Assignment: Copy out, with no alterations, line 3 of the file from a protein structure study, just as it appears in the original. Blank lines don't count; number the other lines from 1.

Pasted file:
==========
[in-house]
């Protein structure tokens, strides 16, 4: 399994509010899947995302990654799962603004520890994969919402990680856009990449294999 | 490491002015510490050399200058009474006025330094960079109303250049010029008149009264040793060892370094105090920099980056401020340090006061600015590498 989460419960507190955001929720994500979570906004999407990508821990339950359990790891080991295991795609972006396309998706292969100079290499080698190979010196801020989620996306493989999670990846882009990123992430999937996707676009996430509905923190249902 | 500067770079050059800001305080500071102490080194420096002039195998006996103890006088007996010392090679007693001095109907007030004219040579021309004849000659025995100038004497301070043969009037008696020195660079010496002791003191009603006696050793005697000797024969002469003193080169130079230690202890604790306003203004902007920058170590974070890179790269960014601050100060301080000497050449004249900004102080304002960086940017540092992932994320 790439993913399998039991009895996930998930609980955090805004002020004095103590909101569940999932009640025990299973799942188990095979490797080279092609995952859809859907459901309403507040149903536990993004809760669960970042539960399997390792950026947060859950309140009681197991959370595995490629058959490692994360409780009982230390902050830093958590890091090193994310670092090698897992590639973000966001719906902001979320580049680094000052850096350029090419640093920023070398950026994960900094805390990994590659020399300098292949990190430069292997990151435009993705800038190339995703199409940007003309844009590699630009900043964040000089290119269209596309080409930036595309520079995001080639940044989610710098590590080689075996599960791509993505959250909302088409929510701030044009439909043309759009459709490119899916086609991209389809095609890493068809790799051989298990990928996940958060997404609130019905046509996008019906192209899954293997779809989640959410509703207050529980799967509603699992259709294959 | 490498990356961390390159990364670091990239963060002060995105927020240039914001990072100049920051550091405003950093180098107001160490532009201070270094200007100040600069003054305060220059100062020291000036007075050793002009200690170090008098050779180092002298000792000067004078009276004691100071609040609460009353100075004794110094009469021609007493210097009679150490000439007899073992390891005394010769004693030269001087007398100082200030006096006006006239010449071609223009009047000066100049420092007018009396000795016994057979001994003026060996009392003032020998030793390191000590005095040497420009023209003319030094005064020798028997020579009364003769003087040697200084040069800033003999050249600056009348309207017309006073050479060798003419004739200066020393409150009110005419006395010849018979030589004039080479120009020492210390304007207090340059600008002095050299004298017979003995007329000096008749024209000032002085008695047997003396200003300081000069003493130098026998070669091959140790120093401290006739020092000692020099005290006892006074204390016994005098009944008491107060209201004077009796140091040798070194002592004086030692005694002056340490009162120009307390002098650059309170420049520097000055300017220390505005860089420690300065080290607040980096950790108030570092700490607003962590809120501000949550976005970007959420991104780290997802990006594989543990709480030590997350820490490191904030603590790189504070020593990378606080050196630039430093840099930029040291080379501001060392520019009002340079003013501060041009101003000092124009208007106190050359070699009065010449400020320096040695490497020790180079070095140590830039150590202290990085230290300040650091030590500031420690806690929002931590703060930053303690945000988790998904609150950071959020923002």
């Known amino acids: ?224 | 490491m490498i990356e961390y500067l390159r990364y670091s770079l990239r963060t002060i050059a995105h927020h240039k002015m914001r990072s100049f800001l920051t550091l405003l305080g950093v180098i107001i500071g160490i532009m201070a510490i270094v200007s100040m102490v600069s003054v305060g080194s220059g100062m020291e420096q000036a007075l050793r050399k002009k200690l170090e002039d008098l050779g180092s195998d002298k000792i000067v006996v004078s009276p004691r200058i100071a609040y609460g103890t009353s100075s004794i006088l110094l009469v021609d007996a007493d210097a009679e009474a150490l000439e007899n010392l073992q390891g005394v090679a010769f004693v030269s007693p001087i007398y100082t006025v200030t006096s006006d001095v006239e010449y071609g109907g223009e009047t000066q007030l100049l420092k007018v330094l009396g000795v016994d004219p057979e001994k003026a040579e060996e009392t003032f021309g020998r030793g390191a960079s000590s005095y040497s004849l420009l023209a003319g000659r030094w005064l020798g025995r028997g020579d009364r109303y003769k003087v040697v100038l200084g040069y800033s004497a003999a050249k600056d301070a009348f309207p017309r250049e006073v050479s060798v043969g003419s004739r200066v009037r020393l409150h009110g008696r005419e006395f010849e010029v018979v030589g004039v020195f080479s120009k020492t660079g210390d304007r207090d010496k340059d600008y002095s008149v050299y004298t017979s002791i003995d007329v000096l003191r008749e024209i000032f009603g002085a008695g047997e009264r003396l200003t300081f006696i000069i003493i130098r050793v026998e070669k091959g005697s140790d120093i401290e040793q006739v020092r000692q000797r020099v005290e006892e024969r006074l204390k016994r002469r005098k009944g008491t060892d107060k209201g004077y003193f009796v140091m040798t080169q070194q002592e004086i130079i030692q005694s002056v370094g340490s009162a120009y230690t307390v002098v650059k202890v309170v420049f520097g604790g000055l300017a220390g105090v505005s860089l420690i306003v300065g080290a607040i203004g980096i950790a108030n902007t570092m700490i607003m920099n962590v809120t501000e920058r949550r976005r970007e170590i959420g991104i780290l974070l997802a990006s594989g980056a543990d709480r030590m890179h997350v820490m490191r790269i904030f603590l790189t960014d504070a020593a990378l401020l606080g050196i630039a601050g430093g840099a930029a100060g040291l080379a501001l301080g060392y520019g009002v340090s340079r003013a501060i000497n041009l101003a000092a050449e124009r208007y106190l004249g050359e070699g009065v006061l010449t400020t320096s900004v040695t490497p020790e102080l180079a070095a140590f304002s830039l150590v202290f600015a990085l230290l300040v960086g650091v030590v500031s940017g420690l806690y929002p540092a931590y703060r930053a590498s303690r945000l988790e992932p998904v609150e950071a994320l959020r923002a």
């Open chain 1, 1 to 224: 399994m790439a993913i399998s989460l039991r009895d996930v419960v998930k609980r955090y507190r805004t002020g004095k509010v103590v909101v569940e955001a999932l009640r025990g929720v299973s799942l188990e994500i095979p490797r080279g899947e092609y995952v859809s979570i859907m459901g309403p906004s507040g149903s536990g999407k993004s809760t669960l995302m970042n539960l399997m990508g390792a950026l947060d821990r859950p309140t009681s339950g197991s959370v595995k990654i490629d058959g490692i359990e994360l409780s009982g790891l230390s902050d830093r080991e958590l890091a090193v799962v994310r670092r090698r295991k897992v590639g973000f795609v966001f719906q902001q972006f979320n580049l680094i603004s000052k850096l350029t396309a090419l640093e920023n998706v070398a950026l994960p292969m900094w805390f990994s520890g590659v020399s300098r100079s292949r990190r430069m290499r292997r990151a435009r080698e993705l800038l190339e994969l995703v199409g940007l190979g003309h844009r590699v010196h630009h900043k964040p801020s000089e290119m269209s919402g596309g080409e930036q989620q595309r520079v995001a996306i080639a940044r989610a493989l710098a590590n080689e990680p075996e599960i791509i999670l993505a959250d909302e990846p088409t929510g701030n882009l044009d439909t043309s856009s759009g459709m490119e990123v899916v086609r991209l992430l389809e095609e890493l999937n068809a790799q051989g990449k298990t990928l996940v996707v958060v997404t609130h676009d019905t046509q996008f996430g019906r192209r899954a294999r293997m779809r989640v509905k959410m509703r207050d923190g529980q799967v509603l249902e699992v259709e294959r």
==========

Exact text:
């Known amino acids: ?224 | 490491m490498i990356e961390y500067l390159r990364y670091s770079l990239r963060t002060i050059a995105h927020h240039k002015m914001r990072s100049f800001l920051t550091l405003l305080g950093v180098i107001i500071g160490i532009m201070a510490i270094v200007s100040m102490v600069s003054v305060g080194s220059g100062m020291e420096q000036a007075l050793r050399k002009k200690l170090e002039d008098l050779g180092s195998d002298k000792i000067v006996v004078s009276p004691r200058i100071a609040y609460g103890t009353s100075s004794i006088l110094l009469v021609d007996a007493d210097a009679e009474a150490l000439e007899n010392l073992q390891g005394v090679a010769f004693v030269s007693p001087i007398y100082t006025v200030t006096s006006d001095v006239e010449y071609g109907g223009e009047t000066q007030l100049l420092k007018v330094l009396g000795v016994d004219p057979e001994k003026a040579e060996e009392t003032f021309g020998r030793g390191a960079s000590s005095y040497s004849l420009l023209a003319g000659r030094w005064l020798g025995r028997g020579d009364r109303y003769k003087v040697v100038l200084g040069y800033s004497a003999a050249k600056d301070a009348f309207p017309r250049e006073v050479s060798v043969g003419s004739r200066v009037r020393l409150h009110g008696r005419e006395f010849e010029v018979v030589g004039v020195f080479s120009k020492t660079g210390d304007r207090d010496k340059d600008y002095s008149v050299y004298t017979s002791i003995d007329v000096l003191r008749e024209i000032f009603g002085a008695g047997e009264r003396l200003t300081f006696i000069i003493i130098r050793v026998e070669k091959g005697s140790d120093i401290e040793q006739v020092r000692q000797r020099v005290e006892e024969r006074l204390k016994r002469r005098k009944g008491t060892d107060k209201g004077y003193f009796v140091m040798t080169q070194q002592e004086i130079i030692q005694s002056v370094g340490s009162a120009y230690t307390v002098v650059k202890v309170v420049f520097g604790g000055l300017a220390g105090v505005s860089l420690i306003v300065g080290a607040i203004g980096i950790a108030n902007t570092m700490i607003m920099n962590v809120t501000e920058r949550r976005r970007e170590i959420g991104i780290l974070l997802a990006s594989g980056a543990d709480r030590m890179h997350v820490m490191r790269i904030f603590l790189t960014d504070a020593a990378l401020l606080g050196i630039a601050g430093g840099a930029a100060g040291l080379a501001l301080g060392y520019g009002v340090s340079r003013a501060i000497n041009l101003a000092a050449e124009r208007y106190l004249g050359e070699g009065v006061l010449t400020t320096s900004v040695t490497p020790e102080l180079a070095a140590f304002s830039l150590v202290f600015a990085l230290l300040v960086g650091v030590v500031s940017g420690l806690y929002p540092a931590y703060r930053a590498s303690r945000l988790e992932p998904v609150e950071a994320l959020r923002a």